Skip to main content

The Globe and Mail

In wake of tragic death, TDSB asks for road safety meeting

First TDSB meeting in Toronto on Sept. 11, 2013.

Peter Power/The Globe and Mail

The Toronto District School Board will ask to meet with police and city officials to improve road safety near schools after a teen was killed by a large truck on the first day of classes.

Trustees approved a motion on Wednesday evening that the board's chair, Chris Bolton, schedule meetings with Toronto police chief Bill Blair and city officials to look for ways to improve traffic safety around schools. Among them would be to increase the number of crossing guards and tighten parking regulations and enforcement.

Demands to make the roads safer near schools have come from several quarters since Violet Liang was killed by a large truck as she walked to school to start Grade 10 at C.W. Jefferys Collegiate Institute. Violet, 14, died just a short distance away, in front of Elia Middle School.

Story continues below advertisement

Violet was the second Toronto student killed by a large truck in six months. In March, five-year-old Kayleigh Callaghan-Belanger died after being hit by a city garbage truck on her way home from school.

Toronto city councillor Anthony Perruzza told The Globe and Mail last week that he planned to propose a motion to prohibit truck traffic near schools when students arrive in the mornings and leave at the end of the day.

Trustees also voted on a motion to ask Ontario's Education Minister Liz Sandals to seek a ruling on whether a seniority hiring rule would violate the human rights code.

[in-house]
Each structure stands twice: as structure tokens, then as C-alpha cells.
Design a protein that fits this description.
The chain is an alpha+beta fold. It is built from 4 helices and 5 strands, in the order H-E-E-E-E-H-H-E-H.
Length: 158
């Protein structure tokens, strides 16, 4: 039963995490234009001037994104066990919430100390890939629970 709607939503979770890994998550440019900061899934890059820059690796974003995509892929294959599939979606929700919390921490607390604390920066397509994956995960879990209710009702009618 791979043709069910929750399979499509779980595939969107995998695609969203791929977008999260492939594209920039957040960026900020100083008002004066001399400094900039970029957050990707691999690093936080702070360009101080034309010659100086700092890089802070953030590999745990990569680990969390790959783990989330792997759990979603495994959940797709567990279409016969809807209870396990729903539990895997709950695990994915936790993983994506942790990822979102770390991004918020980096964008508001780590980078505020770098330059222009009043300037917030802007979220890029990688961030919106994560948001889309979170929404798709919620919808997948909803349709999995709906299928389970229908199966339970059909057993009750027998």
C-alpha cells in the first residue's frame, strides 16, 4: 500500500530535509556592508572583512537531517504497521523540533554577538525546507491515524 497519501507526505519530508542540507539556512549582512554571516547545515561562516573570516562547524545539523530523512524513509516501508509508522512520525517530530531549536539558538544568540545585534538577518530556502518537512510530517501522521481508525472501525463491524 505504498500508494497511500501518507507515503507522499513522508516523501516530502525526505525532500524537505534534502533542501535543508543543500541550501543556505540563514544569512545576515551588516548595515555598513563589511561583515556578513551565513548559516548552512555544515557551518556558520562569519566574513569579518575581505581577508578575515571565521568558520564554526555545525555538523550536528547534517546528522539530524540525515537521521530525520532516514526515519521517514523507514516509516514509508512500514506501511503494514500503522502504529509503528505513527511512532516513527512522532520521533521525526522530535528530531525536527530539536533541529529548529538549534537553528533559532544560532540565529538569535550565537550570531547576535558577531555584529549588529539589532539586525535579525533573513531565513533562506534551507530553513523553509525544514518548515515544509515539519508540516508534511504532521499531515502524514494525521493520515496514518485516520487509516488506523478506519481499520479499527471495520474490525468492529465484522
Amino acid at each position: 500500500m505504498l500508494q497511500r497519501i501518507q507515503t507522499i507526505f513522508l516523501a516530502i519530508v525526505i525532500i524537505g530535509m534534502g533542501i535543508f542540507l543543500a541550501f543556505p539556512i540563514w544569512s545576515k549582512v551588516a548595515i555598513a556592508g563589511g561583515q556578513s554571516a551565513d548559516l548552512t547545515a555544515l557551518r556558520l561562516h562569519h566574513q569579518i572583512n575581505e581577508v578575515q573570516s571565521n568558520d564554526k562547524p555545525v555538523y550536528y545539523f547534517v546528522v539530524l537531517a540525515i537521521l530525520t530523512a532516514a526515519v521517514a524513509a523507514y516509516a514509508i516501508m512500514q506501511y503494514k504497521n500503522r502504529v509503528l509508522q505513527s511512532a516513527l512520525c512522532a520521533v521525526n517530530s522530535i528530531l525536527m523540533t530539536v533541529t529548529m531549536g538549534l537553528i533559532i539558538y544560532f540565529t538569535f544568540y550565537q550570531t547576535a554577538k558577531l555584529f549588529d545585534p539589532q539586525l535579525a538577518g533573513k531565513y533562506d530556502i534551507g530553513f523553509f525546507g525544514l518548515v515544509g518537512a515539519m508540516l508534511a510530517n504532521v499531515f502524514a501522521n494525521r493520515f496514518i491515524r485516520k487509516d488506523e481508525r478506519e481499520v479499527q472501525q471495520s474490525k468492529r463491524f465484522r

Trustee Howard Goodman, who introduced the motion, said Regulation 274, which requires school boards to hire teachers based on seniority for long-term supply jobs, would limit the board's ability to employ a diverse workforce.

"That hurts kids," he told trustees.

The government said it introduced Regulation 274 to prevent nepotism and favouritism in hiring practices, but critics charge that seniority-based hiring will exacerbate the employment crisis hurting teachers. The provision requires principals to hire from within the first five years on the seniority list for long-term occaisonal contracts, and not necessarily the ones they believe are better suited for a position.

New teachers have to work at least 20 days of supply teaching in order to be interviewed for the long-term list. If successful, they are now at the bottom of the seniority pile, and will be hard-pressed to find a contract position.

Story continues below advertisement

Ms. Sandals has acknowledged concerns, and said there are working groups established to discuss potential improvements to the regulation.

Report an error Licensing Options
About the Author
Education Reporter

Caroline Alphonso is an education reporter for The Globe and Mail. More


The Globe invites you to share your views. Please stay on topic and be respectful to everyone. For more information on our commenting policies and how our community-based moderation works, please read our Community Guidelines and our Terms and Conditions.

We’ve made some technical updates to our commenting software. If you are experiencing any issues posting comments, simply log out and log back in.

Discussion loading… ✨